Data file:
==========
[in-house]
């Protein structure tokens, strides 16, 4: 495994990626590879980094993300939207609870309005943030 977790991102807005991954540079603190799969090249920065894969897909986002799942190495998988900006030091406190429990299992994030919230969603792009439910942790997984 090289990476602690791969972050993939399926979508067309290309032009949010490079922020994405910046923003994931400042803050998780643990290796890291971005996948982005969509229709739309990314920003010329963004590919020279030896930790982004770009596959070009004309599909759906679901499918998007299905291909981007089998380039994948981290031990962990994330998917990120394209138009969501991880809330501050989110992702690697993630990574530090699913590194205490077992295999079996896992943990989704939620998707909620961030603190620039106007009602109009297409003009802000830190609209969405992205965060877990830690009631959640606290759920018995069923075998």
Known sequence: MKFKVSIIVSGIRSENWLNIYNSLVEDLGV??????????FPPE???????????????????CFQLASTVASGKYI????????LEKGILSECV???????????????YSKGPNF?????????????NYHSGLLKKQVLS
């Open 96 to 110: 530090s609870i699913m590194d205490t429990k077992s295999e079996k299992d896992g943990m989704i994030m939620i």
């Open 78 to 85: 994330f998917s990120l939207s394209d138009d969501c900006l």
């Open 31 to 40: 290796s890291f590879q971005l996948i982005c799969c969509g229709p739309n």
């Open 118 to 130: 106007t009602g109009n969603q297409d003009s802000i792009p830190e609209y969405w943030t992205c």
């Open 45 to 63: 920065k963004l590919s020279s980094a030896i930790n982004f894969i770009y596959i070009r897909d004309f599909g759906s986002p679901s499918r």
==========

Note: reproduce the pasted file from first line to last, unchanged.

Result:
[in-house]
């Protein structure tokens, strides 16, 4: 495994990626590879980094993300939207609870309005943030 977790991102807005991954540079603190799969090249920065894969897909986002799942190495998988900006030091406190429990299992994030919230969603792009439910942790997984 090289990476602690791969972050993939399926979508067309290309032009949010490079922020994405910046923003994931400042803050998780643990290796890291971005996948982005969509229709739309990314920003010329963004590919020279030896930790982004770009596959070009004309599909759906679901499918998007299905291909981007089998380039994948981290031990962990994330998917990120394209138009969501991880809330501050989110992702690697993630990574530090699913590194205490077992295999079996896992943990989704939620998707909620961030603190620039106007009602109009297409003009802000830190609209969405992205965060877990830690009631959640606290759920018995069923075998």
Known sequence: MKFKVSIIVSGIRSENWLNIYNSLVEDLGV??????????FPPE???????????????????CFQLASTVASGKYI????????LEKGILSECV???????????????YSKGPNF?????????????NYHSGLLKKQVLS
């Open 96 to 110: 530090s609870i699913m590194d205490t429990k077992s295999e079996k299992d896992g943990m989704i994030m939620i």
């Open 78 to 85: 994330f998917s990120l939207s394209d138009d969501c900006l």
């Open 31 to 40: 290796s890291f590879q971005l996948i982005c799969c969509g229709p739309n």
């Open 118 to 130: 106007t009602g109009n969603q297409d003009s802000i792009p830190e609209y969405w943030t992205c």
């Open 45 to 63: 920065k963004l590919s020279s980094a030896i930790n982004f894969i770009y596959i070009r897909d004309f599909g759906s986002p679901s499918r």